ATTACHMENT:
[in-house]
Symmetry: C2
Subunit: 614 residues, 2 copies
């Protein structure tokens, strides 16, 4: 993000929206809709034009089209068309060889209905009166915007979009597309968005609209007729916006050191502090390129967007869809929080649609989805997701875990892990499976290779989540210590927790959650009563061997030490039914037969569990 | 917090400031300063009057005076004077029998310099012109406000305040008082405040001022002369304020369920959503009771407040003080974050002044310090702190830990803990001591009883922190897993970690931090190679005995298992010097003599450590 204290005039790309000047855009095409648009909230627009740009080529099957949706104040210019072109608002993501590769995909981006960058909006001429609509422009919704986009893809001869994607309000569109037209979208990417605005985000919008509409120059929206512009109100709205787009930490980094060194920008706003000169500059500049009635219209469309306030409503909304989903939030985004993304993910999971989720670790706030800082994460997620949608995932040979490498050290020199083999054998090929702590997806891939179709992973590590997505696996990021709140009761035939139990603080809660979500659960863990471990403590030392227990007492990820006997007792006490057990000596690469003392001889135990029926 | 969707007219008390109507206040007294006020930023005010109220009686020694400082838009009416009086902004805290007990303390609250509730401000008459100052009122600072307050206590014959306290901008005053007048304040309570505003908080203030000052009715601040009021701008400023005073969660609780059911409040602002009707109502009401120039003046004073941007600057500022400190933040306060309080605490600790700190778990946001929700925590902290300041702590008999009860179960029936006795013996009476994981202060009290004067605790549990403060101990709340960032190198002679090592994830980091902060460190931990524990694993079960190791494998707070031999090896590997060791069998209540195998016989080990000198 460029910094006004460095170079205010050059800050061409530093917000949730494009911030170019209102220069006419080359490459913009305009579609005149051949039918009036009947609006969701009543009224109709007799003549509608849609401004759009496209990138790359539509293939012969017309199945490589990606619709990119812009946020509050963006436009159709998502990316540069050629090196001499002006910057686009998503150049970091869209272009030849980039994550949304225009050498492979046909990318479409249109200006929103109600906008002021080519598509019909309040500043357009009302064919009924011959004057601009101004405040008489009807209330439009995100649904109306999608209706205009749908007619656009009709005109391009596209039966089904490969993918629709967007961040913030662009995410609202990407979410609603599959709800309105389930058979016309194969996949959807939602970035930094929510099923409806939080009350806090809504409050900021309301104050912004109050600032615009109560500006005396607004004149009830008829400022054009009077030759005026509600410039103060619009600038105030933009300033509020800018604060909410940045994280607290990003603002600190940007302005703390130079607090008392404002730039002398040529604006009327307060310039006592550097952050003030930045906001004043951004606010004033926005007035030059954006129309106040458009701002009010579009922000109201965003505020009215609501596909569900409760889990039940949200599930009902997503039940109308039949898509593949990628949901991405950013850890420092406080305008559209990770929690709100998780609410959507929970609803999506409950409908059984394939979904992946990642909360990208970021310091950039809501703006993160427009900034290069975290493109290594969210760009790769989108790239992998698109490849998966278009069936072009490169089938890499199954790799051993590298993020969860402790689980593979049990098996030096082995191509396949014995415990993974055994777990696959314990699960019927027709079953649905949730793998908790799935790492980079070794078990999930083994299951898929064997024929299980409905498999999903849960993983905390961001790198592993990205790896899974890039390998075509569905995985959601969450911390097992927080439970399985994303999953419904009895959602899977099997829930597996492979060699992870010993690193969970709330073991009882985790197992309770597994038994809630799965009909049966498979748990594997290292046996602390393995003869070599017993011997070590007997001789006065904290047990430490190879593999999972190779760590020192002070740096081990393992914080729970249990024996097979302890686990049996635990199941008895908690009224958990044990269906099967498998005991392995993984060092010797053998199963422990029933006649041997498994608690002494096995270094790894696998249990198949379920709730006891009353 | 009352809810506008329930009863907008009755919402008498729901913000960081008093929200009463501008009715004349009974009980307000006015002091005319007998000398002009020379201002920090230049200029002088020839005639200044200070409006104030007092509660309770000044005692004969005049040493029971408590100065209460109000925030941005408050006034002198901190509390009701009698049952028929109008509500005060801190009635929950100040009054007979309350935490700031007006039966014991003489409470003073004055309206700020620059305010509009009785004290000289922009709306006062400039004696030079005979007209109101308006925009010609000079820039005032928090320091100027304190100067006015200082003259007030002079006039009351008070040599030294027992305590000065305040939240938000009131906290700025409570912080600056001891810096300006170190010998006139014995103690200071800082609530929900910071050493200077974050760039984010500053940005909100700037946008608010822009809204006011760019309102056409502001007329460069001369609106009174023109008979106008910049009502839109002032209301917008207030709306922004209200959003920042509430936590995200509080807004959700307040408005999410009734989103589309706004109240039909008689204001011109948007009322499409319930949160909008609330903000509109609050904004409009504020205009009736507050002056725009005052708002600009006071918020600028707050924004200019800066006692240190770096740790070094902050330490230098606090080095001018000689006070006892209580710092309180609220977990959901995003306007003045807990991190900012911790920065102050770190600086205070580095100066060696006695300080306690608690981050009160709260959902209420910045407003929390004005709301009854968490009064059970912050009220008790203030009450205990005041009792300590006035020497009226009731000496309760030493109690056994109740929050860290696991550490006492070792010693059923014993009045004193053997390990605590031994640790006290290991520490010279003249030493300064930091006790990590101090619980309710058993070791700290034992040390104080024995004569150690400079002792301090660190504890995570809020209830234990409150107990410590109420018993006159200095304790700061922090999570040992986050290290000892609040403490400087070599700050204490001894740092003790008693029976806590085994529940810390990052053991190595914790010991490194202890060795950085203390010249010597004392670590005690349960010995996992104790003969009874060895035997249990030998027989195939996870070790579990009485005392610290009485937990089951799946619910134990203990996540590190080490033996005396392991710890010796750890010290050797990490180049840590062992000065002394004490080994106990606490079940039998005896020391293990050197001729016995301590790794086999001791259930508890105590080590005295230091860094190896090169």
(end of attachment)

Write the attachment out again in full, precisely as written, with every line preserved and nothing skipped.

[in-house]
Symmetry: C2
Subunit: 614 residues, 2 copies
């Protein structure tokens, strides 16, 4: 993000929206809709034009089209068309060889209905009166915007979009597309968005609209007729916006050191502090390129967007869809929080649609989805997701875990892990499976290779989540210590927790959650009563061997030490039914037969569990 | 917090400031300063009057005076004077029998310099012109406000305040008082405040001022002369304020369920959503009771407040003080974050002044310090702190830990803990001591009883922190897993970690931090190679005995298992010097003599450590 204290005039790309000047855009095409648009909230627009740009080529099957949706104040210019072109608002993501590769995909981006960058909006001429609509422009919704986009893809001869994607309000569109037209979208990417605005985000919008509409120059929206512009109100709205787009930490980094060194920008706003000169500059500049009635219209469309306030409503909304989903939030985004993304993910999971989720670790706030800082994460997620949608995932040979490498050290020199083999054998090929702590997806891939179709992973590590997505696996990021709140009761035939139990603080809660979500659960863990471990403590030392227990007492990820006997007792006490057990000596690469003392001889135990029926 | 969707007219008390109507206040007294006020930023005010109220009686020694400082838009009416009086902004805290007990303390609250509730401000008459100052009122600072307050206590014959306290901008005053007048304040309570505003908080203030000052009715601040009021701008400023005073969660609780059911409040602002009707109502009401120039003046004073941007600057500022400190933040306060309080605490600790700190778990946001929700925590902290300041702590008999009860179960029936006795013996009476994981202060009290004067605790549990403060101990709340960032190198002679090592994830980091902060460190931990524990694993079960190791494998707070031999090896590997060791069998209540195998016989080990000198 460029910094006004460095170079205010050059800050061409530093917000949730494009911030170019209102220069006419080359490459913009305009579609005149051949039918009036009947609006969701009543009224109709007799003549509608849609401004759009496209990138790359539509293939012969017309199945490589990606619709990119812009946020509050963006436009159709998502990316540069050629090196001499002006910057686009998503150049970091869209272009030849980039994550949304225009050498492979046909990318479409249109200006929103109600906008002021080519598509019909309040500043357009009302064919009924011959004057601009101004405040008489009807209330439009995100649904109306999608209706205009749908007619656009009709005109391009596209039966089904490969993918629709967007961040913030662009995410609202990407979410609603599959709800309105389930058979016309194969996949959807939602970035930094929510099923409806939080009350806090809504409050900021309301104050912004109050600032615009109560500006005396607004004149009830008829400022054009009077030759005026509600410039103060619009600038105030933009300033509020800018604060909410940045994280607290990003603002600190940007302005703390130079607090008392404002730039002398040529604006009327307060310039006592550097952050003030930045906001004043951004606010004033926005007035030059954006129309106040458009701002009010579009922000109201965003505020009215609501596909569900409760889990039940949200599930009902997503039940109308039949898509593949990628949901991405950013850890420092406080305008559209990770929690709100998780609410959507929970609803999506409950409908059984394939979904992946990642909360990208970021310091950039809501703006993160427009900034290069975290493109290594969210760009790769989108790239992998698109490849998966278009069936072009490169089938890499199954790799051993590298993020969860402790689980593979049990098996030096082995191509396949014995415990993974055994777990696959314990699960019927027709079953649905949730793998908790799935790492980079070794078990999930083994299951898929064997024929299980409905498999999903849960993983905390961001790198592993990205790896899974890039390998075509569905995985959601969450911390097992927080439970399985994303999953419904009895959602899977099997829930597996492979060699992870010993690193969970709330073991009882985790197992309770597994038994809630799965009909049966498979748990594997290292046996602390393995003869070599017993011997070590007997001789006065904290047990430490190879593999999972190779760590020192002070740096081990393992914080729970249990024996097979302890686990049996635990199941008895908690009224958990044990269906099967498998005991392995993984060092010797053998199963422990029933006649041997498994608690002494096995270094790894696998249990198949379920709730006891009353 | 009352809810506008329930009863907008009755919402008498729901913000960081008093929200009463501008009715004349009974009980307000006015002091005319007998000398002009020379201002920090230049200029002088020839005639200044200070409006104030007092509660309770000044005692004969005049040493029971408590100065209460109000925030941005408050006034002198901190509390009701009698049952028929109008509500005060801190009635929950100040009054007979309350935490700031007006039966014991003489409470003073004055309206700020620059305010509009009785004290000289922009709306006062400039004696030079005979007209109101308006925009010609000079820039005032928090320091100027304190100067006015200082003259007030002079006039009351008070040599030294027992305590000065305040939240938000009131906290700025409570912080600056001891810096300006170190010998006139014995103690200071800082609530929900910071050493200077974050760039984010500053940005909100700037946008608010822009809204006011760019309102056409502001007329460069001369609106009174023109008979106008910049009502839109002032209301917008207030709306922004209200959003920042509430936590995200509080807004959700307040408005999410009734989103589309706004109240039909008689204001011109948007009322499409319930949160909008609330903000509109609050904004409009504020205009009736507050002056725009005052708002600009006071918020600028707050924004200019800066006692240190770096740790070094902050330490230098606090080095001018000689006070006892209580710092309180609220977990959901995003306007003045807990991190900012911790920065102050770190600086205070580095100066060696006695300080306690608690981050009160709260959902209420910045407003929390004005709301009854968490009064059970912050009220008790203030009450205990005041009792300590006035020497009226009731000496309760030493109690056994109740929050860290696991550490006492070792010693059923014993009045004193053997390990605590031994640790006290290991520490010279003249030493300064930091006790990590101090619980309710058993070791700290034992040390104080024995004569150690400079002792301090660190504890995570809020209830234990409150107990410590109420018993006159200095304790700061922090999570040992986050290290000892609040403490400087070599700050204490001894740092003790008693029976806590085994529940810390990052053991190595914790010991490194202890060795950085203390010249010597004392670590005690349960010995996992104790003969009874060895035997249990030998027989195939996870070790579990009485005392610290009485937990089951799946619910134990203990996540590190080490033996005396392991710890010796750890010290050797990490180049840590062992000065002394004490080994106990606490079940039998005896020391293990050197001729016995301590790794086999001791259930508890105590080590005295230091860094190896090169």